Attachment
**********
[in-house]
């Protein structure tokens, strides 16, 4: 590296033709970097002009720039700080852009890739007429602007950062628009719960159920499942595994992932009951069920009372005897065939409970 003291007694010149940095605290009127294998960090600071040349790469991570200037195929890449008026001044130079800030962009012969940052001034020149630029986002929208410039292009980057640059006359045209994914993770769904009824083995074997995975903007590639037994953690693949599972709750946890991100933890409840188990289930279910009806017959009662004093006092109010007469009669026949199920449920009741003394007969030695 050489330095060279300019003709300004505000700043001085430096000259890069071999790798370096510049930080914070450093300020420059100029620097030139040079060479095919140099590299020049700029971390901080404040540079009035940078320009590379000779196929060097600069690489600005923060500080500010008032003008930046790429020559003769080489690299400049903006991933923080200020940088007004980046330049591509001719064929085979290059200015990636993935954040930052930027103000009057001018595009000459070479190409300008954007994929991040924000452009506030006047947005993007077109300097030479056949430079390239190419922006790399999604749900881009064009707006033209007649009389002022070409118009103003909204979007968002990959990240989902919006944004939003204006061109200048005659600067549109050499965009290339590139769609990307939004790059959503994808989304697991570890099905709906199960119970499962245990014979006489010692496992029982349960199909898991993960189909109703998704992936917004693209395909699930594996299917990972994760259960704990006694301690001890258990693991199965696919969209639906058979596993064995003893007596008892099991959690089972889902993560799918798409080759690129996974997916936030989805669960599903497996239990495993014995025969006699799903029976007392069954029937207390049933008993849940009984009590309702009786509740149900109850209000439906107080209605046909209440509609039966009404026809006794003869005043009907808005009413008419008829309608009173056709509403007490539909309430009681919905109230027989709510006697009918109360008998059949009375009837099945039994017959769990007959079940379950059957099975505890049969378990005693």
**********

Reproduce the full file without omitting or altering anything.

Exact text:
[in-house]
């Protein structure tokens, strides 16, 4: 590296033709970097002009720039700080852009890739007429602007950062628009719960159920499942595994992932009951069920009372005897065939409970 003291007694010149940095605290009127294998960090600071040349790469991570200037195929890449008026001044130079800030962009012969940052001034020149630029986002929208410039292009980057640059006359045209994914993770769904009824083995074997995975903007590639037994953690693949599972709750946890991100933890409840188990289930279910009806017959009662004093006092109010007469009669026949199920449920009741003394007969030695 050489330095060279300019003709300004505000700043001085430096000259890069071999790798370096510049930080914070450093300020420059100029620097030139040079060479095919140099590299020049700029971390901080404040540079009035940078320009590379000779196929060097600069690489600005923060500080500010008032003008930046790429020559003769080489690299400049903006991933923080200020940088007004980046330049591509001719064929085979290059200015990636993935954040930052930027103000009057001018595009000459070479190409300008954007994929991040924000452009506030006047947005993007077109300097030479056949430079390239190419922006790399999604749900881009064009707006033209007649009389002022070409118009103003909204979007968002990959990240989902919006944004939003204006061109200048005659600067549109050499965009290339590139769609990307939004790059959503994808989304697991570890099905709906199960119970499962245990014979006489010692496992029982349960199909898991993960189909109703998704992936917004693209395909699930594996299917990972994760259960704990006694301690001890258990693991199965696919969209639906058979596993064995003893007596008892099991959690089972889902993560799918798409080759690129996974997916936030989805669960599903497996239990495993014995025969006699799903029976007392069954029937207390049933008993849940009984009590309702009786509740149900109850209000439906107080209605046909209440509609039966009404026809006794003869005043009907808005009413008419008829309608009173056709509403007490539909309430009681919905109230027989709510006697009918109360008998059949009375009837099945039994017959769990007959079940379950059957099975505890049969378990005693």